Time for Ethical Reforms of Executive Branch Slips Away
Congress must act.
The previous president plowed through the guard rails protecting our Constitution and painted gray areas with his own personal logo. My reoccurring thought during the rough years of his presidency was we need serious ethics reform of the Executive Branch.
Scattered, unfocused and undisciplined, his presidency faltered, but we survived. The red flags flew. Another smarter, ambitious, insidious personality might exploit weak ethics to destroy our democracy.
They wrapped the Congressional Effort to reform Executive Branch ethics into the ‘For The ‘People voting rights act. But Republicans see voting rights as a Last Stand. Efforts to insure Americans vote are a pernicious blow to the minority rule tactics of Republicans. Voting Rights block their preferred passage to power. The hard work of planning and pitching policy is less attractive than the performative politics of the current generation of Republicans.
Getting the ‘For The People’ Act through the Senate might be impossible. Where does that leave the push for the reform of presidential ethics?
Elizabeth Williamson, writing in the New York Times, identified the ethical reforms written into the voting rights legislation.
Major party candidates for president and vice president would have to release 10 years’ worth of personal and business tax returns.
The president’s and vice president’s exemption from executive branch conflict-of-interest rules would end. It would require presidents to place personal financial holdings in a blind trust or limit them to assets that pose no conflict.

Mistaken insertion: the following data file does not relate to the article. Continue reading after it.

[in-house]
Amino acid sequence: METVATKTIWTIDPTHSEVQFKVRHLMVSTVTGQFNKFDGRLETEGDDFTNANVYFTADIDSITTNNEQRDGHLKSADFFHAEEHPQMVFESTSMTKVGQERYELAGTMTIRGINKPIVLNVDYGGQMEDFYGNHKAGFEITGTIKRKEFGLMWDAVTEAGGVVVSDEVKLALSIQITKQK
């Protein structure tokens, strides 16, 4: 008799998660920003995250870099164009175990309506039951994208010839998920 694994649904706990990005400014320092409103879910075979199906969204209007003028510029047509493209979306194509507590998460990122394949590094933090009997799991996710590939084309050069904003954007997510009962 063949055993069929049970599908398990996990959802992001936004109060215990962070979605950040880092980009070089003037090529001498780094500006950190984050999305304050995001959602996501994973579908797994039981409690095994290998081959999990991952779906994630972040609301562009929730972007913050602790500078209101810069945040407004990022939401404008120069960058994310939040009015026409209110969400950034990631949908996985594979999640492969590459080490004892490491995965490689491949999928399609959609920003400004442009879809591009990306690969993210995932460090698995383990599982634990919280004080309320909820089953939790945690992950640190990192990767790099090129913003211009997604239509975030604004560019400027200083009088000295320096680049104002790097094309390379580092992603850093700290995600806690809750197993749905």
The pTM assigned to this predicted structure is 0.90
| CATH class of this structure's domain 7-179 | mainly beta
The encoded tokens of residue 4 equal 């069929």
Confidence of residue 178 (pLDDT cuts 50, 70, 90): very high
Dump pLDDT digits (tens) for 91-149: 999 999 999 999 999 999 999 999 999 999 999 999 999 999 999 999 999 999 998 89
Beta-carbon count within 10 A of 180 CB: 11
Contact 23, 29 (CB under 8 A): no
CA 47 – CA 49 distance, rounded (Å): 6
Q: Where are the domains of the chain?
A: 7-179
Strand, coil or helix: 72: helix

Federal spending at businesses owned or controlled by the president, vice president, cabinet or their family members would be tightly controlled.
To guard against a president pressuring appointees to interfere in government proceedings involving the president, it would require political appointees to turn such matters over to career staff.
The act also addresses the Trump administration’s open flouting of ethics laws already on the books, by granting more power to enforcement bodies like the Office of Government Ethics.
Trump left behind a template for how an authoritarian gains power and destroys our democracy. As his term fades, so does the urgency for ethics reform. The critical lesson from the Trump presidency is we cannot rely on tradition and character to protect our democracy. The need for ethical laws to defend our democracy grows as a new generation of authoritarians take aim at higher office.